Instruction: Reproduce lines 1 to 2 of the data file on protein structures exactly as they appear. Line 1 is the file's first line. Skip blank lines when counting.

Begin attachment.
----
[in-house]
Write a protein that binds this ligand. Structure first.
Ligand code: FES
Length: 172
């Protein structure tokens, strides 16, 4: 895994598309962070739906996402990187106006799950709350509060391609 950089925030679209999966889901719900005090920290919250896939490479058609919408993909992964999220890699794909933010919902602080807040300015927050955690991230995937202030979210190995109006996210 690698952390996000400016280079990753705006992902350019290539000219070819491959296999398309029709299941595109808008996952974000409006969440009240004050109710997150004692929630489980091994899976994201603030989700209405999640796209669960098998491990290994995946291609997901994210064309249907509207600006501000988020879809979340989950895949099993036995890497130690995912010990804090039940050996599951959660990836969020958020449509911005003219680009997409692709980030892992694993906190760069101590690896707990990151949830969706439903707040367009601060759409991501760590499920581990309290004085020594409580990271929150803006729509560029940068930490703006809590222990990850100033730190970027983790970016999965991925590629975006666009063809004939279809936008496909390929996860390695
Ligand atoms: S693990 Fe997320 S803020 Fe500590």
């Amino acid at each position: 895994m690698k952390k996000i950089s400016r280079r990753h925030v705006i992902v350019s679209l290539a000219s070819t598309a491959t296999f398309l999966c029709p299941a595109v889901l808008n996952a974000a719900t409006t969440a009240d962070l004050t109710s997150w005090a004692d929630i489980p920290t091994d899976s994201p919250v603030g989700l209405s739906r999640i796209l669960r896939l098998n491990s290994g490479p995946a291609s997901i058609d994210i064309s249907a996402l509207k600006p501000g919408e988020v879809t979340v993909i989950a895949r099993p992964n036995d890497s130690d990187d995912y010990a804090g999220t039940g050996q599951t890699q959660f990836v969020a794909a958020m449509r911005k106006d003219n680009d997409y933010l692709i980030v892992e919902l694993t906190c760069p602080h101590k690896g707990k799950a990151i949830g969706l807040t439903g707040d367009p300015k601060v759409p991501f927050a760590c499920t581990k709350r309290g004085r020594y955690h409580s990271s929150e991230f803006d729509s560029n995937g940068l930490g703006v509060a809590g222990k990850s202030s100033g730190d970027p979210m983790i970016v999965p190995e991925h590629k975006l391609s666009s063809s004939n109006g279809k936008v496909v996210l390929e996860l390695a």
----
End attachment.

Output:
[in-house]
Write a protein that binds this ligand. Structure first.